This lesson is in the early stages of development (Alpha version)

Using Modules

Overview

Teaching: 15 min
Exercises: 0 min
Questions
• What’s the purpose of modules?

Objectives
• Structure your code using modules

• Use Revise.jl to track changes

Modules

Melissa now has a bunch of definitions in her running Julia session and using the REPL for interactive exploration is great, but it is more and more taxing to keep in mind what is defined, and all the definitions are lost once she closes the REPL.

That is why she decides to put her code in a file. She opens up her text editor and creates a file called `aim_trebuchet.jl` in the current working directory and pastes the code she got so far in there. This is what it looks like:

``````import Trebuchet as Trebuchets

mutable struct Trebuchet <: AbstractVector{Float64}
counterweight::Float64
release_angle::Float64
end

Base.copy(trebuchet::Trebuchet) = Trebuchet(trebuchet.counterweight, trebuchet.release_angle)

Base.size(trebuchet::Trebuchet) = tuple(2)

Base.getindex(trebuchet::Trebuchet, i::Int) = getfield(trebuchet, i)

function Base.setindex!(trebuchet::Trebuchet, v, i::Int)
if i === 1
trebuchet.counterweight = v
elseif i === 2
trebuchet.release_angle = v
else
error("Trebuchet only accepts indices 1 and 2, yours is \$i")
end
end

struct Environment
wind::Float64
target_distance::Float64
end

function shoot_distance(windspeed, angle, weight)
Trebuchets.shoot(windspeed, angle, weight)[2]
end

function shoot_distance(args...)
Trebuchets.shoot(args...)[2]
end

function shoot_distance(trebuchet::Trebuchet, env::Environment)
shoot_distance(env.wind, trebuchet.release_angle, trebuchet.counterweight)
end

function aim(trebuchet::Trebuchet, environment::Environment; ε = 1e-1, η = 0.05)
better_trebuchet = copy(trebuchet)
hit = x -> (shoot_distance([environment.wind, x[2], x[1]]) - environment.target_distance)
while abs(hit(better_trebuchet)) > ε
end
return Trebuchet(better_trebuchet[1], better_trebuchet[2])
end

imprecise_trebuchet = Trebuchet(500.0, 0.25pi)

environment = Environment(5, 100)

precise_trebuchet = aim(imprecise_trebuchet, environment)

shoot_distance(precise_trebuchet, environment)
``````

Now Melissa can run `include("aim_trebuchet.jl")` in the REPL to execute her code.

She also recognizes that she has a bunch of definitions at the beginning that she doesn’t need to execute more than once in a session and some lines at the end that use these definitions which she might run more often. She will split these in two separate files and put the definitions into a module. The module will put the definitions into their own namespace which is the module name. This means Melissa would need to put the module name before each definition if she uses it outside of the module. But she remembers from the pkg episode that she can export names that don’t need to be prefixed.

She names her module `MelissasModule` and accordingly the file `MelissasModule.jl`. From this module she exports the names `aim`, `shoot_distance`, `Trebuchet` and `Environment`. This way she can leave her other code unchanged.

``````module MelissasModule
import Trebuchet as Trebuchets

export aim, shoot_distance, Trebuchet, Environment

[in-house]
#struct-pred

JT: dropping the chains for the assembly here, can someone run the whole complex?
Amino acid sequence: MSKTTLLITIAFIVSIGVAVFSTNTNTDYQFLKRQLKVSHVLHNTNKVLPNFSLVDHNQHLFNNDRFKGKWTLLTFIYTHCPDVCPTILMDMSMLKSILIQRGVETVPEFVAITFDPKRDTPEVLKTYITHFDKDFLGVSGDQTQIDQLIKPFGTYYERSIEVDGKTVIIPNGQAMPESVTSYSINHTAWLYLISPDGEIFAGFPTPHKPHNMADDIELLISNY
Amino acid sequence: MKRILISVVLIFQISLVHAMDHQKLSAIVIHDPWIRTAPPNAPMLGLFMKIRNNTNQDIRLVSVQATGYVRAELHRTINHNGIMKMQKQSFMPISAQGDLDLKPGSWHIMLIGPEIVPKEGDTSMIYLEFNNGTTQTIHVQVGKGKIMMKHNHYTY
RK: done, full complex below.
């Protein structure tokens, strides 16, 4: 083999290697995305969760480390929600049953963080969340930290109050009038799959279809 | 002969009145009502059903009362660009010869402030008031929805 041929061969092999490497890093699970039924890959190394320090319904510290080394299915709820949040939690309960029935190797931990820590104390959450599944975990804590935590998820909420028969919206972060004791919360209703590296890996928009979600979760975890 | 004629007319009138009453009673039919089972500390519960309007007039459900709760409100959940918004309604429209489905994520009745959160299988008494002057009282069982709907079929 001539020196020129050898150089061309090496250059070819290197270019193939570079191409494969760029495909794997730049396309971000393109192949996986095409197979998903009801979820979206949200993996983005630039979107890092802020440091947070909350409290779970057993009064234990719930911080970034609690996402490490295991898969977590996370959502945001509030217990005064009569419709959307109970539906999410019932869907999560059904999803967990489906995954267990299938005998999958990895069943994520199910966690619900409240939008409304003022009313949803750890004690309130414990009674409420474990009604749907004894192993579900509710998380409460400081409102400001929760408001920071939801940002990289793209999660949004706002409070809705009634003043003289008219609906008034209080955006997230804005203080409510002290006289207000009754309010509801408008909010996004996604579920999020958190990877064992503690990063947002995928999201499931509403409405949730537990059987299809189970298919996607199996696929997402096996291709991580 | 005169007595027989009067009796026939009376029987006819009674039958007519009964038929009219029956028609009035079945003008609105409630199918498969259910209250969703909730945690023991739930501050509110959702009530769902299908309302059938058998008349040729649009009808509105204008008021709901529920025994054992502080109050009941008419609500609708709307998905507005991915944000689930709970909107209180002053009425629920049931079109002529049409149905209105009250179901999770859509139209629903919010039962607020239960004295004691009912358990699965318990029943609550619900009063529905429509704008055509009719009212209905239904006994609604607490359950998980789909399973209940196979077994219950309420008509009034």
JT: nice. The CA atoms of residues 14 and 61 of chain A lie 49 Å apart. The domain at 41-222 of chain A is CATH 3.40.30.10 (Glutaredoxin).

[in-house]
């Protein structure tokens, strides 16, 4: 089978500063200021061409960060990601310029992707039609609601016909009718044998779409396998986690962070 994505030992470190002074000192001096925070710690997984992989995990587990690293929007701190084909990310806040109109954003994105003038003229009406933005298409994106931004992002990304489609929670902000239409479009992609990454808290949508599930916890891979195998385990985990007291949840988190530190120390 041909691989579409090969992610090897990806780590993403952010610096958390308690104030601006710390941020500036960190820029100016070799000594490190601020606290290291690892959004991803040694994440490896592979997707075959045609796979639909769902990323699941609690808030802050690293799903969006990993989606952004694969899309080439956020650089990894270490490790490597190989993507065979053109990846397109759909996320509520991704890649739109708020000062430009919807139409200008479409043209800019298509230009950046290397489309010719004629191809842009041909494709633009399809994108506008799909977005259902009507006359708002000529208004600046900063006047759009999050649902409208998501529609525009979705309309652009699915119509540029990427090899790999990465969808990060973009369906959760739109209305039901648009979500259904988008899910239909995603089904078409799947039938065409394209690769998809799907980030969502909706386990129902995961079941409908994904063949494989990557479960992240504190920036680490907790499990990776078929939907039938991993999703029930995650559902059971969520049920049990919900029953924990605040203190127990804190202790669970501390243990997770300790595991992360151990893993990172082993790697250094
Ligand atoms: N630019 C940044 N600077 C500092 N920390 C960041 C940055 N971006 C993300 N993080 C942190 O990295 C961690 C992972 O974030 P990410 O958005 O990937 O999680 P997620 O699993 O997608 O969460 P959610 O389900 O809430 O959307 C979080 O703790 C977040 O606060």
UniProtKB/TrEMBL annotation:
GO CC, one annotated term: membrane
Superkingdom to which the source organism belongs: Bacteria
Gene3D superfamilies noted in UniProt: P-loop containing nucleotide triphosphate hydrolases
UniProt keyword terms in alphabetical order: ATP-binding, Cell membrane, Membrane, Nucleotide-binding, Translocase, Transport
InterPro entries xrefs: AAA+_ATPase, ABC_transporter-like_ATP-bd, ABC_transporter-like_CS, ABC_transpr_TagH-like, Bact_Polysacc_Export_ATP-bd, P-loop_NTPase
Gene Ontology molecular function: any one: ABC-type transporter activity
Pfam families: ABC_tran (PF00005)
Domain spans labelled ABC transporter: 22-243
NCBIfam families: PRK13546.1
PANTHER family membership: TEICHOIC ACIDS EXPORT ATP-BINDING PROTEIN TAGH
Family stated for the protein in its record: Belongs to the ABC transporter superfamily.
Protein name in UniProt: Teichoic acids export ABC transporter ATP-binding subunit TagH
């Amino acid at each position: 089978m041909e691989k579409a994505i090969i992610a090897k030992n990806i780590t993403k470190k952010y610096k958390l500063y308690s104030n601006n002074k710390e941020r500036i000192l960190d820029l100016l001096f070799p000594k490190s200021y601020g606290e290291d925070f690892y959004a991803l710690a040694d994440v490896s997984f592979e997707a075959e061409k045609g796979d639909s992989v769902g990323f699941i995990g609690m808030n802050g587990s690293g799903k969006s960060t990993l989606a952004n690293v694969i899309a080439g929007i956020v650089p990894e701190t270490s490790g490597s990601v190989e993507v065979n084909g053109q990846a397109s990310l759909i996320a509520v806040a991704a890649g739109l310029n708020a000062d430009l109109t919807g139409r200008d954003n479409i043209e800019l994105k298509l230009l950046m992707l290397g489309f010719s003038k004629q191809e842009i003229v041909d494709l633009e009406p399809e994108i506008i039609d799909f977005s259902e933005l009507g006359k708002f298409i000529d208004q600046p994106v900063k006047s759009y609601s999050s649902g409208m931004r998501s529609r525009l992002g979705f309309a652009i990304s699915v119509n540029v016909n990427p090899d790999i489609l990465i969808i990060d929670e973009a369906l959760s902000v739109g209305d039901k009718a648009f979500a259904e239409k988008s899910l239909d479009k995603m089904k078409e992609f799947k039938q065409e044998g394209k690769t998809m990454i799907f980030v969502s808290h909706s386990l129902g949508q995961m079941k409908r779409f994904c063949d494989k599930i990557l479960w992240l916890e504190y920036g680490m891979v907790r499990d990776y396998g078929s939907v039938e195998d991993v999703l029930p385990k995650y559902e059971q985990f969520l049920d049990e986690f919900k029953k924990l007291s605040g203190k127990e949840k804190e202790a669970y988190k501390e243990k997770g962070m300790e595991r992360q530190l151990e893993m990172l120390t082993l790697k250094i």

mutable struct Trebuchet <: AbstractVector{Float64}
counterweight::Float64
release_angle::Float64
end

Base.copy(trebuchet::Trebuchet) = Trebuchet(trebuchet.counterweight, trebuchet.release_angle)

Base.size(trebuchet::Trebuchet) = tuple(2)

Base.getindex(trebuchet::Trebuchet, i::Int) = getfield(trebuchet, i)

function Base.setindex!(trebuchet::Trebuchet, v, i::Int)
if i === 1
trebuchet.counterweight = v
elseif i === 2
trebuchet.release_angle = v
else
error("Trebuchet only accepts indices 1 and 2, yours is \$i")
end
end

struct Environment
wind::Float64
target_distance::Float64
end

function shoot_distance(windspeed, angle, weight)
Trebuchets.shoot(windspeed, angle, weight)[2]
end

function shoot_distance(args...)
Trebuchets.shoot(args...)[2]
end

function shoot_distance(trebuchet::Trebuchet, env::Environment)
shoot_distance(env.wind, trebuchet.release_angle, trebuchet.counterweight)
end

function aim(trebuchet::Trebuchet, environment::Environment; ε = 1e-1, η = 0.05)
better_trebuchet = copy(trebuchet)
hit = x -> (shoot_distance([environment.wind, x[2], x[1]]) - environment.target_distance)
while abs(hit(better_trebuchet)) > ε
end
return Trebuchet(better_trebuchet[1], better_trebuchet[2])
end
end # MelissasModule
``````

The rest of the code goes to a file she calls `MelissasCode.jl`.

``````using .MelissasModule

imprecise_trebuchet = Trebuchet(500.0, 0.25pi)
environment = Environment(5, 100)
precise_trebuchet = aim(imprecise_trebuchet, environment)
shoot_distance(precise_trebuchet, environment)
``````

Now she can include `MelissasModule.jl` once, and change and include `MelissasCode.jl` as often as she wants. But what if she wants to make changes to the module? If she changes the code in the module, re-includes the module and runs her code again, she only gets a bunch of warnings, but her changes are not applied.

Revise.jl

`Revise.jl` is a package that can keep track of changes in your files and load these in a running Julia session.

Melissa needs to take two things into account:

• `using Revise` must come before `using` any Package that she wants to be tracked
• she should use `includet` instead of `include` for included files (`t` for “tracking”)

Thus she now runs

``````using Revise

includet("MelissasModule.jl")

include("MelissasCode.jl")
``````
``````100.0975848073789
``````

and any change she makes in `MelissasModule.jl` will be visible in the next run of her code.

Did I say any changes?

Well, almost any. Revise can’t track changes to structures.

Key Points

• Modules introduce namespaces

• Public API has to be documented and can be exported